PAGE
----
A scathing work and an essential blueprint for youth battling climate change.

MANDALAY HAWK'S DILEMMA

THE UNITED STATES OF ANTHROPOCENE

Young teens face climate change head-on in Aronson’s middle-grade novel.

In 2030, when a Category 4 hurricane hits Maine, 13-year-old Mandalay Hawk is home alone; her father, Tom, is away, and the roads are closed. Water and wind batter the house, and Mandalay barely survives a roof collapse. Afterward, she’s fed up with adult complacency about extreme weather; to grab attention, she breaks into her high school, Nagatoon Regional, and steals 50 electronic “dweebs”—tabletlike devices donated by energy company Star Power—and sets them on fire in the parking lot. In lipstick, she writes on a chalkboard, “If we don’t stop global warming now, it will be too late. It will make the pandemic of 2020 look like a picnic in the park!!!” The action gets Mandalay expelled and placed in front of Judge Mary Baxter, who fines her $50,000 and sentences her to a year’s probation. She and Tom move to Manhattan’s Morningside Heights neighborhood, where she befriends classmates Jazmin and Gute, the latter a dedicated reader who shuns personal electronic devices. As the trio grows closer, Mandalay reveals her past, and the teens start missing school to tour the city, which, in this era, is ravaged by floods. When their history teacher, Mr. Harkness, learns that the students are researching climate change and the United States’ past response to crises during their outings, he allows them to continue their jaunts. Eventually, Mandalay decides to hold an event at City Hall, and with her friends’ help, she starts KRAAP (Kids Revolt Against Adult Power) but remains unsure about the future.

Aronson’s impassioned novel could serve as a primer for a generation that sees climate change’s effects up-close in the coming years. The world he envisions is surreal, frightening, and, unfortunately, visible on our horizon today. His Manhattan, for example, is so hot that it can support palm trees, and it has canals to divert the rising Atlantic Ocean; fire has claimed the animals of the Bronx Zoo, and lower Broadway has “two feet of smelly, yucky, greenish water and no people.” Other problems include tent cities of climate refugees from uninhabitable states, such as Florida, and constantly hazy skies filled with wildfire toxins. People also carry “stink towels” because they never stop sweating. The book states its themes bluntly, as when Jazmin says, “As a species, we’re pathetic....We just let this happen. To satisfy the materialism of our civilization, more and more fossil fuel is still being burned.” Still, Aronson tries to insert humor in scenes involving the twin principals, Homer and Hubert Bushwick, who try to rein in Mandalay’s behavior. The narrative’s final third introduces some far-fetched elements involving U.S. President William “Bucky” Billingham, but they’re less important than the informative exposition for young readers: “Anthropocene is a term used to describe the current scientific—or geological—period in time...in which humans have impacted earth and climate in a negative way.” The finale is pure wish fulfillment, but anything less would be criminal.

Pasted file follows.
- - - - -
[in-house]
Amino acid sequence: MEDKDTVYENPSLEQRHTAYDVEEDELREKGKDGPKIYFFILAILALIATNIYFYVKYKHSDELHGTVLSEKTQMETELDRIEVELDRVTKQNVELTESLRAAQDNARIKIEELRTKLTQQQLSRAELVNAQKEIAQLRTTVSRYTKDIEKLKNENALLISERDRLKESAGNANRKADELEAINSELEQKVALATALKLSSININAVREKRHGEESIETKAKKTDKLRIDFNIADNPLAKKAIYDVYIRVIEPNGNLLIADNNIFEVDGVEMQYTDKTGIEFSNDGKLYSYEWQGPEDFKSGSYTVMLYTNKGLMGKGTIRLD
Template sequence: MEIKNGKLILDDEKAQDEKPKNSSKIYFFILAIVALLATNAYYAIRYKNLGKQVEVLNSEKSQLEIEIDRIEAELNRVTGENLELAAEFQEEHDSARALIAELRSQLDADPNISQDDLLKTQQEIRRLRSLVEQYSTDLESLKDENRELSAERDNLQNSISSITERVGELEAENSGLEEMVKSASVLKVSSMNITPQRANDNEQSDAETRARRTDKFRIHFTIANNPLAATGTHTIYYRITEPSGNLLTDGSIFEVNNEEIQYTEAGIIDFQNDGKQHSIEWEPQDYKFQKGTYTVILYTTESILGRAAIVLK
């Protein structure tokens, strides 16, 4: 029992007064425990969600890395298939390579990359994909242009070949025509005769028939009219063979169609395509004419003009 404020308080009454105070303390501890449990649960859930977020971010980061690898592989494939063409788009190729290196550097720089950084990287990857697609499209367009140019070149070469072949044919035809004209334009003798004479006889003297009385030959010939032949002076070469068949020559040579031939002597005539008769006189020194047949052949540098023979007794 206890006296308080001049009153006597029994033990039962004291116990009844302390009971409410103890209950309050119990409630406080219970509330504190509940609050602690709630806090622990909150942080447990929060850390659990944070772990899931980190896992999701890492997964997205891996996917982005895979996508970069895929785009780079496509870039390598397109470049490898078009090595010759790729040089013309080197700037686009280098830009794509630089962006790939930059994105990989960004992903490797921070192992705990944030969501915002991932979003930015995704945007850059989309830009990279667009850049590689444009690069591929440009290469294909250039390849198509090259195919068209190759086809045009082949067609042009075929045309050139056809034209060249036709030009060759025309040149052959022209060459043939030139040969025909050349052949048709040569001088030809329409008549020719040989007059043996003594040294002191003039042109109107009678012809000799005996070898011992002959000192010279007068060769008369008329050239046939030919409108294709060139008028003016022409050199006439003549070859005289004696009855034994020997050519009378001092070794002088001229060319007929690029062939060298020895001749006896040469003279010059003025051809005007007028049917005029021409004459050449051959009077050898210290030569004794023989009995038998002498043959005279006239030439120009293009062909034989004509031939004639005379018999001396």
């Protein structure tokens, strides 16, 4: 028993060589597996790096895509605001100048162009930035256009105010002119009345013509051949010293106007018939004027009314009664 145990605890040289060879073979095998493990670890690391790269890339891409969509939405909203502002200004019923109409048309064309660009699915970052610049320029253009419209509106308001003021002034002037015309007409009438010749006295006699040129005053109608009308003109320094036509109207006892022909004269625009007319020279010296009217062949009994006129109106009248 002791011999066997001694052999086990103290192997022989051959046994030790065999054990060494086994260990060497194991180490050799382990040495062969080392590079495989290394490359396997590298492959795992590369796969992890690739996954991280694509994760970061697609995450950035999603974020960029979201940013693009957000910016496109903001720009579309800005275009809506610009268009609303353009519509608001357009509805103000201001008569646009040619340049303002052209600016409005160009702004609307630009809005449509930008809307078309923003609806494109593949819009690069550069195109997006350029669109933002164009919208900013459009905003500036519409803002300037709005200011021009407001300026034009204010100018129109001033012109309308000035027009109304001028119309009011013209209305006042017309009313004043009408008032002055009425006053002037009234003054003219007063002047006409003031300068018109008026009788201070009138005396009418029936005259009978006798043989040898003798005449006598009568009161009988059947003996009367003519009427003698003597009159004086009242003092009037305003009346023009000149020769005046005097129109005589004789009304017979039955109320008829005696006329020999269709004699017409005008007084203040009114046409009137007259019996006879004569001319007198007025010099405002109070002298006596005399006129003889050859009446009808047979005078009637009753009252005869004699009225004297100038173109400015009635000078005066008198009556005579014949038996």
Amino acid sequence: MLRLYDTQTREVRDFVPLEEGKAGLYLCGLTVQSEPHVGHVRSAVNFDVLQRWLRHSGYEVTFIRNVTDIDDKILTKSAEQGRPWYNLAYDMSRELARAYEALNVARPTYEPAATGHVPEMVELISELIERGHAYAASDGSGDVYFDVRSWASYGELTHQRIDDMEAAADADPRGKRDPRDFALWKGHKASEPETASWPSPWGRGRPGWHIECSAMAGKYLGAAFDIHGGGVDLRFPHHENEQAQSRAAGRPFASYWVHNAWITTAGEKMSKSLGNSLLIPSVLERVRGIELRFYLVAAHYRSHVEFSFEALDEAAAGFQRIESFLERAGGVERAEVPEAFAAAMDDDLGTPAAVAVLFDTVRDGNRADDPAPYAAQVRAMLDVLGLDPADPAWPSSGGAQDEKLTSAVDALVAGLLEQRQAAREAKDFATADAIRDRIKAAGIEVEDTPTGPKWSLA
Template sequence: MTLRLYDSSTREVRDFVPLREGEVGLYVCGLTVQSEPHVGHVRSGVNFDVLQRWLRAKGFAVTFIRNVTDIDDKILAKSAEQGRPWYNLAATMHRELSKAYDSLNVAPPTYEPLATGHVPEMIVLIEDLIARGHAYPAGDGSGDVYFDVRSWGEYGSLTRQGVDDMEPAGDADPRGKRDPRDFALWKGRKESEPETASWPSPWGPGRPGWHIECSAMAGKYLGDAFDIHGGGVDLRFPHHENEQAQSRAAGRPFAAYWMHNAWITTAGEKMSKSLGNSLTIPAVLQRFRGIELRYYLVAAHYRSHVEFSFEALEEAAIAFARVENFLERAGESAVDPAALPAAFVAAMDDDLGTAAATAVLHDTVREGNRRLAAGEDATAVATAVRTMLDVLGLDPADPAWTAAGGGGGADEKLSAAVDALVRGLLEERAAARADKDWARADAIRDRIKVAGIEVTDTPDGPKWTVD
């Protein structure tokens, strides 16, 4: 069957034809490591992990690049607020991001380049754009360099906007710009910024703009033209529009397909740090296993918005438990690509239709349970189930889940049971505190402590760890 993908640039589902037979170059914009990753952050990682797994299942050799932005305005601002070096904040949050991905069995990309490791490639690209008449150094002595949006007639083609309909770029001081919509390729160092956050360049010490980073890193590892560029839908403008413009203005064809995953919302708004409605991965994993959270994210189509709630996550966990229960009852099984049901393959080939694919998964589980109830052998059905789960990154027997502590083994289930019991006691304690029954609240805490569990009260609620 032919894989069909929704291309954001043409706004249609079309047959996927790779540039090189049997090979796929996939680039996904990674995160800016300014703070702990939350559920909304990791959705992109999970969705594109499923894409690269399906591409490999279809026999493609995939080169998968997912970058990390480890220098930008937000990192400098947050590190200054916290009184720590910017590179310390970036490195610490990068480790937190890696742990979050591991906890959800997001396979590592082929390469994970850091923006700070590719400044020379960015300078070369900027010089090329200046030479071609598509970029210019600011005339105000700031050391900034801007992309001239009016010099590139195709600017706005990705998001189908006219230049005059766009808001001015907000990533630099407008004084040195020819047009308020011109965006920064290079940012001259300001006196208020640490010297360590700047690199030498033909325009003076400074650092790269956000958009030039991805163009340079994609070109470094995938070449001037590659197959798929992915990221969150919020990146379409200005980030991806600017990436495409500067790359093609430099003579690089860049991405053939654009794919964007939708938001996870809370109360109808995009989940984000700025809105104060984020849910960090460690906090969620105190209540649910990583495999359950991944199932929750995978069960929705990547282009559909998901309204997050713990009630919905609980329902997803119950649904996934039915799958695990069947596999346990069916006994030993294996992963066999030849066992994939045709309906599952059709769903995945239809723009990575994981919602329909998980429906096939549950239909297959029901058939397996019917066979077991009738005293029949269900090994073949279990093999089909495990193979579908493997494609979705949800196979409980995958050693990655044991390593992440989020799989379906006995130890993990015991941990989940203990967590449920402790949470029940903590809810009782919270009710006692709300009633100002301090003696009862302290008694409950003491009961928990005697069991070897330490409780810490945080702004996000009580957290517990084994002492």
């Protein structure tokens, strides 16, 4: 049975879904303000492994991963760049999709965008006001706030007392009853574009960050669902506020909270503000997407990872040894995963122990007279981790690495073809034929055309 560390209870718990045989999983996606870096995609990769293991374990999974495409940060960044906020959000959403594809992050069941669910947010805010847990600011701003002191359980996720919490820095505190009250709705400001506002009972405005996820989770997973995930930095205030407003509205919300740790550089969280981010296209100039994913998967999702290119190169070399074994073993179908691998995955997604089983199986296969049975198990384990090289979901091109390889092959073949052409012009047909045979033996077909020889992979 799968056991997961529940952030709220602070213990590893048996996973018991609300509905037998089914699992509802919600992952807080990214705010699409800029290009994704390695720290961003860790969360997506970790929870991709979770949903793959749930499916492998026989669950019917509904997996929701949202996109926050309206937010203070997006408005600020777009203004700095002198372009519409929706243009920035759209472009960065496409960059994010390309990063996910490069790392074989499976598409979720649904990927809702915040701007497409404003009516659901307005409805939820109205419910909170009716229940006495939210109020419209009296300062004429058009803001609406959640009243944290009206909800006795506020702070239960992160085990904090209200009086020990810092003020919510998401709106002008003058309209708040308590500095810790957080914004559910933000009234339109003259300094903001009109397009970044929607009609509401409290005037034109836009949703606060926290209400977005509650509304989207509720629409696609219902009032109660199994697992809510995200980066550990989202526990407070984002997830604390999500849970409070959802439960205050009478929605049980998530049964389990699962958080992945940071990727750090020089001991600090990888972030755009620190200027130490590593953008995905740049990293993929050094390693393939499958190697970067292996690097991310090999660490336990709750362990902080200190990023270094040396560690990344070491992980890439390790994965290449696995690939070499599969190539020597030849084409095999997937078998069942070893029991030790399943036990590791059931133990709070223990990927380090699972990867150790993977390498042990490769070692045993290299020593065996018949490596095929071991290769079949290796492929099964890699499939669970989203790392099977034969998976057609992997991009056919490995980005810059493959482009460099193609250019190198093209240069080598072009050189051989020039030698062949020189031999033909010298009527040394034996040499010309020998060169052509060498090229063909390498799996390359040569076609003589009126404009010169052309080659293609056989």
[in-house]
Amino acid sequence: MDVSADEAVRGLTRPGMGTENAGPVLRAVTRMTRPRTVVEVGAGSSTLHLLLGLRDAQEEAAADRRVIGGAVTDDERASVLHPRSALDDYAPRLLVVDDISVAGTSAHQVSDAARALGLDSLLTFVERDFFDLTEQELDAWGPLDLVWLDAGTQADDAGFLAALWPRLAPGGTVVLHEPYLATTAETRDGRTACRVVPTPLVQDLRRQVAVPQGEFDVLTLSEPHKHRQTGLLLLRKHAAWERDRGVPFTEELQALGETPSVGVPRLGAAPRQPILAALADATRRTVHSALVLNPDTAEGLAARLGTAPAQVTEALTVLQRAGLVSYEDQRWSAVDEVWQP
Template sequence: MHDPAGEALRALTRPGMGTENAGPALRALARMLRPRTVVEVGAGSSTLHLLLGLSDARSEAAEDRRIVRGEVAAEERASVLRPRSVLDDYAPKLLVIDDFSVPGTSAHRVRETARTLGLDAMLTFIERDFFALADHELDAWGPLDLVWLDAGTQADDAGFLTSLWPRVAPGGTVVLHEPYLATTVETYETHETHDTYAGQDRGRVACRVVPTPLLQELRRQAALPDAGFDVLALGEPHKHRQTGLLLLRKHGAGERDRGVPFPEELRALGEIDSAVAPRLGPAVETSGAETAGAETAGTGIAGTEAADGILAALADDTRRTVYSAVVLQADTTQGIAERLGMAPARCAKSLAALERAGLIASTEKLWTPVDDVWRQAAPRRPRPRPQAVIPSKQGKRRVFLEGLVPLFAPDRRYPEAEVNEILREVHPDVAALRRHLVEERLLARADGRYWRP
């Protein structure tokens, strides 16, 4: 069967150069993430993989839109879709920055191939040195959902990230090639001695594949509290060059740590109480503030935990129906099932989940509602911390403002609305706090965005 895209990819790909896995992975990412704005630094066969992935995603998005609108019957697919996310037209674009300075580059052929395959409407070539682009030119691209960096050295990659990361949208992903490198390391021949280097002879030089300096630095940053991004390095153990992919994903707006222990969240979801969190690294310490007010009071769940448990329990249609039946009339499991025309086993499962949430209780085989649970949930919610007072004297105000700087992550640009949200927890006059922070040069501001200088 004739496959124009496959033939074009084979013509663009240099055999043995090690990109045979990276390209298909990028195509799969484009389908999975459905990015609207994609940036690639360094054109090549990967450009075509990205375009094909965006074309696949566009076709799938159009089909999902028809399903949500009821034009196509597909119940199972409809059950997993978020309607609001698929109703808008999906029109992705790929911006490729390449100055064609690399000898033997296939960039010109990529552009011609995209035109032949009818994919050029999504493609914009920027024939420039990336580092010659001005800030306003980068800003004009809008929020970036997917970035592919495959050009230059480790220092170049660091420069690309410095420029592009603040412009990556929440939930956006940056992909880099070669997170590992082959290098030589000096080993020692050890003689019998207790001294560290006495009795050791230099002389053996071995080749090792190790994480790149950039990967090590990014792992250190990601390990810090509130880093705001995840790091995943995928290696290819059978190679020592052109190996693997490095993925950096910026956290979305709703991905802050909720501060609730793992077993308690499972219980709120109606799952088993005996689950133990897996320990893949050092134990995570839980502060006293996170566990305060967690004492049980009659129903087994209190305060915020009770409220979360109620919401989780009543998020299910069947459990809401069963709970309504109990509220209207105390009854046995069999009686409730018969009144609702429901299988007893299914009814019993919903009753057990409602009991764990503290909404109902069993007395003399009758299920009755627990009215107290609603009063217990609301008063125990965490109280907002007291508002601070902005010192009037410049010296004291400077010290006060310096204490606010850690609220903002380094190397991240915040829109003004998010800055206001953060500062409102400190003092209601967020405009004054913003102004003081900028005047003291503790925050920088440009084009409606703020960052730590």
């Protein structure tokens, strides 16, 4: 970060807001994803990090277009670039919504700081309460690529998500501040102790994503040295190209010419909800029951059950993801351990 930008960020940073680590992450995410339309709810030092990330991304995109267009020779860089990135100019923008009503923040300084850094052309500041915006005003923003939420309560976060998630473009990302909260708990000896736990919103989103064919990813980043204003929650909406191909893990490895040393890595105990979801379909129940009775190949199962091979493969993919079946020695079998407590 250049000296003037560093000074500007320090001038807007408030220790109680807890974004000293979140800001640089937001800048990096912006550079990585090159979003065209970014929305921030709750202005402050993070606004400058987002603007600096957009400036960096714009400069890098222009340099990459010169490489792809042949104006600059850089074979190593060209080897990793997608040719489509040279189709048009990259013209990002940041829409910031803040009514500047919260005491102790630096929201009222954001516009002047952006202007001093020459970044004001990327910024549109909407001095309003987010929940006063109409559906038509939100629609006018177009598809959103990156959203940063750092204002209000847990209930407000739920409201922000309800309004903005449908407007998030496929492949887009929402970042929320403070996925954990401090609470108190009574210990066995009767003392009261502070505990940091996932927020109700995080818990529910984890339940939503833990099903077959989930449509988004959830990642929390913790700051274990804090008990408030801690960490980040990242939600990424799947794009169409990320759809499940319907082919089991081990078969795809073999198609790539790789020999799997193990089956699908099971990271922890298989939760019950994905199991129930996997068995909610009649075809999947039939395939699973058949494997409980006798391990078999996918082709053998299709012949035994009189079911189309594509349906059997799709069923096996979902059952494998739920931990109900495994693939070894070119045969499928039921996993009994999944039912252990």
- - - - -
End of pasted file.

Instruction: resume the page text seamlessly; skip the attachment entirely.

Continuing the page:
A scathing work and an essential blueprint for youth battling climate change.

Pub Date: Dec. 7, 2021

ISBN: 978-1-7320775-3-9

Page Count: 238

Publisher: Double M Books Inc.

Review Posted Online: Oct. 21, 2021

Kirkus Reviews Issue: Dec. 1, 2021

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With captivating dialogue, angst-y characters, and a couple of steamy sex scenes, Hoover has done it again.

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REMINDERS OF HIM

After being released from prison, a young woman tries to reconnect with her 5-year-old daughter despite having killed the girl’s father.